. Primitives are always passed by value.
. Object "references" are passed by value. So it looks like the object is passed by reference but actually it's the value of the reference that is passed.
A crude example:
Object o1 = new Object(); //say, the object is stored at memory location 15000. So o1 actually contains 15000.
now, when you call someMethod(o1); the value 15000 is passed.
Inside the method someMethod
someMethod( Object localVar)
......localVar contains 15000 so, whatever method you call or modication you do to this varibale, it is done on the original object. But when you try to change it's value, for eg. make it null, it then contains 000000 (say). But the original variable o1 still contains 15000 so it still points to the same object.
The next question is based on the above concept.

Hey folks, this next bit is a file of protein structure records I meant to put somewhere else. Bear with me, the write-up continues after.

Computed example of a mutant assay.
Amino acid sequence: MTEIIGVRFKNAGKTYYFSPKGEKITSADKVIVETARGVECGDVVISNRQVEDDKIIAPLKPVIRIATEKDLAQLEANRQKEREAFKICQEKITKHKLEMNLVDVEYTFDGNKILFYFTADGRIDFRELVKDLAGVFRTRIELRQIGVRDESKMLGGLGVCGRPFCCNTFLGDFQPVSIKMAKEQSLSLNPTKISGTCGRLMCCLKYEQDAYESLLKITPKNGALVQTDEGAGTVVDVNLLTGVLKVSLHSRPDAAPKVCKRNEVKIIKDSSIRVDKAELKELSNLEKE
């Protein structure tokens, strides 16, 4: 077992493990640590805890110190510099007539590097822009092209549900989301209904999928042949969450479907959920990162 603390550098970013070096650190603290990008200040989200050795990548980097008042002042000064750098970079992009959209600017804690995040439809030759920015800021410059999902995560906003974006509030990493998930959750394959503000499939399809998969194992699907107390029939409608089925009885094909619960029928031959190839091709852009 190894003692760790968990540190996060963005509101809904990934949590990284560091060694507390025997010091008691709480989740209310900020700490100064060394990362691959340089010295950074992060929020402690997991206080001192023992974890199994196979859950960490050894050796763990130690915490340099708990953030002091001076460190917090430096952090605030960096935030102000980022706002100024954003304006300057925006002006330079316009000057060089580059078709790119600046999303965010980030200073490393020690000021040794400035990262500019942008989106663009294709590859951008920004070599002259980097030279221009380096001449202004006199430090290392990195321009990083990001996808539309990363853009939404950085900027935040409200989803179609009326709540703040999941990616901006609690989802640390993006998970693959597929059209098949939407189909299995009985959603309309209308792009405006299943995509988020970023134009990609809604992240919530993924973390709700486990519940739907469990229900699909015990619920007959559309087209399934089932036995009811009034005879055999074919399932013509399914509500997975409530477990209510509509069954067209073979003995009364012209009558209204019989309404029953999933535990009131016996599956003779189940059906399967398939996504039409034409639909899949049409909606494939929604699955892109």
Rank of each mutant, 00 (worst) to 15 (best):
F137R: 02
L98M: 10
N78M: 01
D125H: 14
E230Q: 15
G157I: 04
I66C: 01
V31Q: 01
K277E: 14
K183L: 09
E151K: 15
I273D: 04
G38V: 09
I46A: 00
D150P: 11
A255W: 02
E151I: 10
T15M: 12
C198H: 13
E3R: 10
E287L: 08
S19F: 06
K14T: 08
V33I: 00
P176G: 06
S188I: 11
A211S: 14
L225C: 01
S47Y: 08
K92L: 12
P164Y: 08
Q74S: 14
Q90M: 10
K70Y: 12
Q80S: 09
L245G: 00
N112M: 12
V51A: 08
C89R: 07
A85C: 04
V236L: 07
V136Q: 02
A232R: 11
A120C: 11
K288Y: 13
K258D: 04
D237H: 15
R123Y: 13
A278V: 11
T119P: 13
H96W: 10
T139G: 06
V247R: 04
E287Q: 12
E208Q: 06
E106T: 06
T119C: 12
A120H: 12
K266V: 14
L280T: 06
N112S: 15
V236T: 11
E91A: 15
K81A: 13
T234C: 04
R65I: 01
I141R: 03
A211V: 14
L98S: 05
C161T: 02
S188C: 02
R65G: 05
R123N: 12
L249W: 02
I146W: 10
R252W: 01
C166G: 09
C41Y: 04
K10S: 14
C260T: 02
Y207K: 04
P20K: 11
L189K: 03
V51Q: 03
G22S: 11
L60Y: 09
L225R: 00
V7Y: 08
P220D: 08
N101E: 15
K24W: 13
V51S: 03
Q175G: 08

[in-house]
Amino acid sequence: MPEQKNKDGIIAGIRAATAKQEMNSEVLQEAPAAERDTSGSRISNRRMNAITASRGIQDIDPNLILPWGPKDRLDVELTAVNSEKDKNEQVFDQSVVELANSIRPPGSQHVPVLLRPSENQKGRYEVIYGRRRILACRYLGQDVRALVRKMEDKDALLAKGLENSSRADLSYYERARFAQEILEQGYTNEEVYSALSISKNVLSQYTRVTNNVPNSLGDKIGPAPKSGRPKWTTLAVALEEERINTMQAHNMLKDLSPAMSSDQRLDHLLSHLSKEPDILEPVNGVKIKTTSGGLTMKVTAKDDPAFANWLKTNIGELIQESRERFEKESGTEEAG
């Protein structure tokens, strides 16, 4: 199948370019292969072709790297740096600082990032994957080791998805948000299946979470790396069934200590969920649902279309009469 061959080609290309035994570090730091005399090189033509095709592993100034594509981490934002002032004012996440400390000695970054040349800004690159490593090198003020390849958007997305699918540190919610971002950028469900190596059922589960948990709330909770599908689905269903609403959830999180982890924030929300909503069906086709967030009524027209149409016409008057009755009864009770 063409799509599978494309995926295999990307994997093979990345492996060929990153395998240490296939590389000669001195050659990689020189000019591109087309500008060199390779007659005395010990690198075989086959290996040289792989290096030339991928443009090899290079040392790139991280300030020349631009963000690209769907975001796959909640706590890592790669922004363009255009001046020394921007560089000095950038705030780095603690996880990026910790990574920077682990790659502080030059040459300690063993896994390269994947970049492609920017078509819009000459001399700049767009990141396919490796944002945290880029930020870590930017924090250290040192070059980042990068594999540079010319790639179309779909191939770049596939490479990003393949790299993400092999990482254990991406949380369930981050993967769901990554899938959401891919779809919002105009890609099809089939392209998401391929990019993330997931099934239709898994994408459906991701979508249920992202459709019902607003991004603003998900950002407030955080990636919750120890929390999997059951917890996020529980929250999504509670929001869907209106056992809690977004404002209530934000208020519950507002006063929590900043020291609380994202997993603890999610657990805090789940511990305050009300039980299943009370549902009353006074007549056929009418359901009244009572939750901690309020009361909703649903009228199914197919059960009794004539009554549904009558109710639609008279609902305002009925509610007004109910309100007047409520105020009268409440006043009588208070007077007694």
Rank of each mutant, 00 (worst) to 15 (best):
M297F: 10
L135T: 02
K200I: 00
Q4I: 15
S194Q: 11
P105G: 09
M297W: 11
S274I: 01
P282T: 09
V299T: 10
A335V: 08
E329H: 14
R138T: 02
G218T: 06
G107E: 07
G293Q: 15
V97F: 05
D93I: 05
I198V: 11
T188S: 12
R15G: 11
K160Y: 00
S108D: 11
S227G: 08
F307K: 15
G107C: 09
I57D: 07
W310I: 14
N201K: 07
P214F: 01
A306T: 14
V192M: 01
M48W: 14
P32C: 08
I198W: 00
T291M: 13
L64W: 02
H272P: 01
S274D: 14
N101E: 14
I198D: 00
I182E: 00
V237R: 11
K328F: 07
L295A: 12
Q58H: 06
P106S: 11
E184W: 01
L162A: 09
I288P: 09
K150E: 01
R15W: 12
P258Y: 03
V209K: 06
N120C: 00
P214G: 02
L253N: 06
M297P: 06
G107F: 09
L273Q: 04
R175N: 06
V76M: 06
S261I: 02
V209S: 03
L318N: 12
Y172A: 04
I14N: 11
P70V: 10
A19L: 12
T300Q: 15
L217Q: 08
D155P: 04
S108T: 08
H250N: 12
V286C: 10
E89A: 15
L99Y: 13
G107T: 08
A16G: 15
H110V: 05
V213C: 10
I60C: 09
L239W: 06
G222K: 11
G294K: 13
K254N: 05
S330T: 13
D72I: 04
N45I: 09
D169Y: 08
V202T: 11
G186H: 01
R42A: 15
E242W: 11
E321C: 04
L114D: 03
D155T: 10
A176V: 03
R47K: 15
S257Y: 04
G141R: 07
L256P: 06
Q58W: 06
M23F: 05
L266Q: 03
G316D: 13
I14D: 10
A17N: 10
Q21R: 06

You created two objects in main method:
s1 ------------> [ EMPTY ] STACK 1 OBJECT
s1 actually contains 15000 (say)
s2 ------------> [ EMPTY ] STACK 2 OBJECT
s1 actually contains 25000 (say)
inside the method assign() :
s1 ----> [ EMPTY ] STACK 1 OBJECT <----x1 Local variable<br /> s1 and x1 both contain 15000 (say)<br /> s2 ----> [ EMPTY ] STACK 2 OBJECT <----x2 Local variable<br /> s2 and x2 both contain 25000 (say)<br /> <br /> Step 2;<br /> s1 -----> [ 100 ] STACK 1 OBJECT <----x1 Local variable<br /> Because x1 is refering to the same memory location.<br /> s2 -----> [ EMPTY ] STACK 2 OBJECT <---x2 Local variable<br /> Step 3: After doing x2 = x1<br /> s1 ---> [ 100 ] STACK 1 OBJECT <---- x1 and x2 Local variables<br /> s1 and x1 both contain 15000 (say) and x2 now also contains 15000.<br /> <br /> s2 ------------> [ EMPTY ] STACK 2 OBJECT
But s2 still contains 25000.
Note that it's the local variable x2 that is pointing to the same object as x1, which is s1 stack object. The original s2 (of the main method) is still pointing to the same object which is empty.
So when you come back to the main method, you print s1 (which has now 100) and s2( which is still empty)
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